Cordula Weißköppel teaches as an Academic Counselor at the Institute for Ethnology and Cultural Studies at the University of Bremen. After completing her doctoral thesis on multicultural school classes in Germany (Juventa 2001) and her habilitation on the transnational networks of the Sudanese (2010), she conducted research on Orthodox Christianity in Egypt, particularly since the political upheavals of 2011. She has published on the ethnology of globalization (2005, with Roman Loimeier and Dieter Neubert), on the relation between religion and migration (2008, with Andrea Lauser), and most recently on “Trauern um Terroropfer” (grieving for victims of terrorism) in Martin Tamcke (ed., 2016) and in “Transnational Death” (Samira Samaro et al., 2018). She is currently working on the transfer of knowledge from ethnology and cultural studies to relevant fields of practice, for example diversity counseling in state organizations, continuing education for volunteers working with refugees, and initial approaches to reforming curricula on colonial and immigration history in the German education system.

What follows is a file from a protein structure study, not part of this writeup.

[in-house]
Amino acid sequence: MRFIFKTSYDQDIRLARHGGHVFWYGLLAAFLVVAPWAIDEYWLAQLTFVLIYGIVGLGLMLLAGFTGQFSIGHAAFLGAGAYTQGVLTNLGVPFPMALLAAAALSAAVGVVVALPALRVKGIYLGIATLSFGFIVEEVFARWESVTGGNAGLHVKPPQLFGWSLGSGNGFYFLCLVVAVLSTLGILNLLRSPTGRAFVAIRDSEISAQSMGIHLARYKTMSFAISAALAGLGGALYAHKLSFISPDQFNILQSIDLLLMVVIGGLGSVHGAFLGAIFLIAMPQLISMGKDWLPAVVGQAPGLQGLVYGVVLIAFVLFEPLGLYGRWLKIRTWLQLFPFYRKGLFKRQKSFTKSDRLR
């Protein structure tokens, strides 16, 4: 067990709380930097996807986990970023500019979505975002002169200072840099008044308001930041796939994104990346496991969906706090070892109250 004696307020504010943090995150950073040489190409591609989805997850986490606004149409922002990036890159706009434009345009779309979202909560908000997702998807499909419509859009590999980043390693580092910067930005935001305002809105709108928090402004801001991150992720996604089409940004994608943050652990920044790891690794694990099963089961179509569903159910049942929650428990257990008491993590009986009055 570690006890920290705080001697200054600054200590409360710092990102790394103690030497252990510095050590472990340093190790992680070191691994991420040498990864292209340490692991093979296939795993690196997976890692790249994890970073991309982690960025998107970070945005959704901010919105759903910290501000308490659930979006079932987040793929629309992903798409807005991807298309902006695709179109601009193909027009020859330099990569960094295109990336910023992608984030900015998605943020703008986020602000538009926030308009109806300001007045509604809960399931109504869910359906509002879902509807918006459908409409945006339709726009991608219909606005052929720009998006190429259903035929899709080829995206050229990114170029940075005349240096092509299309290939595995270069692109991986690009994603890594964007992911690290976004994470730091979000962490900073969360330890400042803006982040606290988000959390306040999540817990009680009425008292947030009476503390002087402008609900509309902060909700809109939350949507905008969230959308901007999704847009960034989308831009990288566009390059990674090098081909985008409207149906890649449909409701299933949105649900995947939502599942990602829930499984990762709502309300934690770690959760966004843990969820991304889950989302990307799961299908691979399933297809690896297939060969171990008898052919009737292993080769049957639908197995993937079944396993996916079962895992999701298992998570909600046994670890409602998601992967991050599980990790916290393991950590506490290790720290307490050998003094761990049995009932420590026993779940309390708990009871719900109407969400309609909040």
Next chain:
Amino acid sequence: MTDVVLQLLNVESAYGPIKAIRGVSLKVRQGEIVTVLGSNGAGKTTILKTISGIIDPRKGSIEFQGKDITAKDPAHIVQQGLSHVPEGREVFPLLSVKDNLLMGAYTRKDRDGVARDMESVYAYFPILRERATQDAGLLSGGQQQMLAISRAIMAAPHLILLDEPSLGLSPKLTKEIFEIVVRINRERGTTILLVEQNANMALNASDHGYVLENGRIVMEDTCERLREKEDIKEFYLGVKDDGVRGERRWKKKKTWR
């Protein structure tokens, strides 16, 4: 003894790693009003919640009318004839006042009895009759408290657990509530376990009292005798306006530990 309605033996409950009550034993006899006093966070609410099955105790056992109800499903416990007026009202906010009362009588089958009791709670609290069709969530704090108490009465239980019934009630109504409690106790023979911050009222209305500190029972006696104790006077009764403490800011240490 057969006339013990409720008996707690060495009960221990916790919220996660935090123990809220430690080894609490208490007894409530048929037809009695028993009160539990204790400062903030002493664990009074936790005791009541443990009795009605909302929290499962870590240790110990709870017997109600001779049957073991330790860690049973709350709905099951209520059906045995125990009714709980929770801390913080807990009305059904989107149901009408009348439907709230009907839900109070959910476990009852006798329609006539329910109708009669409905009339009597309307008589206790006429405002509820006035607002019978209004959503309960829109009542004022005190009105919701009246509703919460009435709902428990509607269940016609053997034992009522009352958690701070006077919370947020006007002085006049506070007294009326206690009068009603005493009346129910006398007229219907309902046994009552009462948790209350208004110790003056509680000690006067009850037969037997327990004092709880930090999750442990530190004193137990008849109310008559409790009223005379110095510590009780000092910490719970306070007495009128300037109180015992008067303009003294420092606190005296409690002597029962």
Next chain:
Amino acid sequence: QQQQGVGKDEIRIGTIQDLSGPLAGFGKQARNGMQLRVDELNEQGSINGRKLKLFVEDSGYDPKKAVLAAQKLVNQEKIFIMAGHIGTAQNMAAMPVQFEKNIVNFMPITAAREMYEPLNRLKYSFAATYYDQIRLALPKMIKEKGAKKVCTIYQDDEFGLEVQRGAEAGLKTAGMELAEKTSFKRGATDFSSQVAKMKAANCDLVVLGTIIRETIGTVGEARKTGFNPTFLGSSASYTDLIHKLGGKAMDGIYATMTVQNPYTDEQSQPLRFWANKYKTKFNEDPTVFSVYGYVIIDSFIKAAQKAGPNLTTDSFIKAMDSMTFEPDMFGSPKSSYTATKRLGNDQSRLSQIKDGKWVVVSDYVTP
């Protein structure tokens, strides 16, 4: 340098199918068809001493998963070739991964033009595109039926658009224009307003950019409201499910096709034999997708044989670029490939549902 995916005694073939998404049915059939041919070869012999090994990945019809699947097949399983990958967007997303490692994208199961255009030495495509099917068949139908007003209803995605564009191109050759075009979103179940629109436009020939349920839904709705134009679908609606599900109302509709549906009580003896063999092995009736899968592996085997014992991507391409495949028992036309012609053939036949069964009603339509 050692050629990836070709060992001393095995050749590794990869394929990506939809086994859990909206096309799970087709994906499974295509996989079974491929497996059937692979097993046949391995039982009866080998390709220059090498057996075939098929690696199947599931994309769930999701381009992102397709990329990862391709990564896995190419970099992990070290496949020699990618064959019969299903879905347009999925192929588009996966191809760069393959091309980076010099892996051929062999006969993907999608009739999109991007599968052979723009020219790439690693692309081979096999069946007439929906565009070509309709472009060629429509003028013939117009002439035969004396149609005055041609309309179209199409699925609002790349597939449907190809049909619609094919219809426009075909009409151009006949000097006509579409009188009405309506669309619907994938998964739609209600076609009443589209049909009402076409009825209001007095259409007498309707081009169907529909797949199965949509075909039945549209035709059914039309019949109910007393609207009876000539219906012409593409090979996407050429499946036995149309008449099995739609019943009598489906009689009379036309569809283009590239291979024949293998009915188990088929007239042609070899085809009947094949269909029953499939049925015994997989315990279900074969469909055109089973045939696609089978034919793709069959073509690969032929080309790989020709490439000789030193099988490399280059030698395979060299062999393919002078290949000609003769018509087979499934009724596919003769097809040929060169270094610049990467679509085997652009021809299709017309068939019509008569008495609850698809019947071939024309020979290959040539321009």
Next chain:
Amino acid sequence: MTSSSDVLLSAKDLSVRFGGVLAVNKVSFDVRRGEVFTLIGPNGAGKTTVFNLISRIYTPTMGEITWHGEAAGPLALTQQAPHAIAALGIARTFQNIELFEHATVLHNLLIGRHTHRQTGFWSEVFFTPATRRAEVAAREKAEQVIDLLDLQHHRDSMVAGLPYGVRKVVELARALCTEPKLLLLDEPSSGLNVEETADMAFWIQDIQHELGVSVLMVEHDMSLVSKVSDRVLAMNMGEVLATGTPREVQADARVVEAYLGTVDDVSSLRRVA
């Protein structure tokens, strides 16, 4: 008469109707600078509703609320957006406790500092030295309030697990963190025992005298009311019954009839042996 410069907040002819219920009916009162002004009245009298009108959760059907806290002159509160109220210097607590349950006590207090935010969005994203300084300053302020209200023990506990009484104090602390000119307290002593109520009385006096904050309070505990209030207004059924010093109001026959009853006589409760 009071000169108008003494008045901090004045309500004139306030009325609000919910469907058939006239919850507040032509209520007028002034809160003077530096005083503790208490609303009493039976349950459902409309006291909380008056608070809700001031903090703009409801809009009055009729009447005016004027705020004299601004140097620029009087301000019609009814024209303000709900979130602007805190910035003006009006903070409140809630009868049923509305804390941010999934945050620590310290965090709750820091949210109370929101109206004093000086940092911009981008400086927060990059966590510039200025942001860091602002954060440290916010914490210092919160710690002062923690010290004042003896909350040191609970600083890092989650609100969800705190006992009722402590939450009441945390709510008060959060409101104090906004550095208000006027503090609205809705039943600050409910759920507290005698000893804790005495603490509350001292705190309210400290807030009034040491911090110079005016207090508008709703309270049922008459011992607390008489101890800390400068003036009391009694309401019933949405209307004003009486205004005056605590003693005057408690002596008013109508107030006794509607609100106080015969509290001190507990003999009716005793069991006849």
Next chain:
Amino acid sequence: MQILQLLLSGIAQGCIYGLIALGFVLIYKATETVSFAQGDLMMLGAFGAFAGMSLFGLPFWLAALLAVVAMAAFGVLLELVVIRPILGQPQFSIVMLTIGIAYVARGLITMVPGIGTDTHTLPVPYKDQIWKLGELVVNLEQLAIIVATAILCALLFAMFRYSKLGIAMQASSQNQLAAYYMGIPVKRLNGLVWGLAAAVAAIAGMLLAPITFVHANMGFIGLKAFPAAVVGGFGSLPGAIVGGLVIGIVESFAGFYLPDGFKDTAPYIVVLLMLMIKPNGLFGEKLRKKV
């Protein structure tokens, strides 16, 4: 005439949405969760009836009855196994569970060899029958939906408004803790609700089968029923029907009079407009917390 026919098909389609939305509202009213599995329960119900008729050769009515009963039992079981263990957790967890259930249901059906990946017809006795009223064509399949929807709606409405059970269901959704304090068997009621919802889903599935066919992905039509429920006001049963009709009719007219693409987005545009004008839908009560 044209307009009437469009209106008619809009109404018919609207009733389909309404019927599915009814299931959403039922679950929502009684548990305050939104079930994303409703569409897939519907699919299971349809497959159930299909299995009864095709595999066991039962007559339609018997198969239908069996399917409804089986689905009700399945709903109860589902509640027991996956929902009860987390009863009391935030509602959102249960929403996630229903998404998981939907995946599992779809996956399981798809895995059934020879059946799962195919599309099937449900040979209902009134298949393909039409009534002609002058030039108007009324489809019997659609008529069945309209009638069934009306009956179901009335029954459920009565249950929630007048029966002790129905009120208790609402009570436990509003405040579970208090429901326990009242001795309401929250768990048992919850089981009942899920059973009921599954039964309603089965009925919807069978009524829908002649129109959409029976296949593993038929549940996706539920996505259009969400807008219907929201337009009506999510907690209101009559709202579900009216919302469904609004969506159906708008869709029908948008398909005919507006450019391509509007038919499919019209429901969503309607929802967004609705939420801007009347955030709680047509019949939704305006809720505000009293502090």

translated by Mitch Cohen
 This is the designation that villagers in Mali chose in 2012, when they told us – three researchers from Bremen – about colonial stories in their region; see Bass, H./von Freyhold, K./Weißköppel, C. (2013): Schrebergärtnern am Rande der Wüste? Wege zur Ernährungssicherung im Sahel: Ein Beispiel aus dem ländlichen Mali. In: Überseemuseum Bremen (ed.): TenDenZen, volume accompanying an Africa exhibition.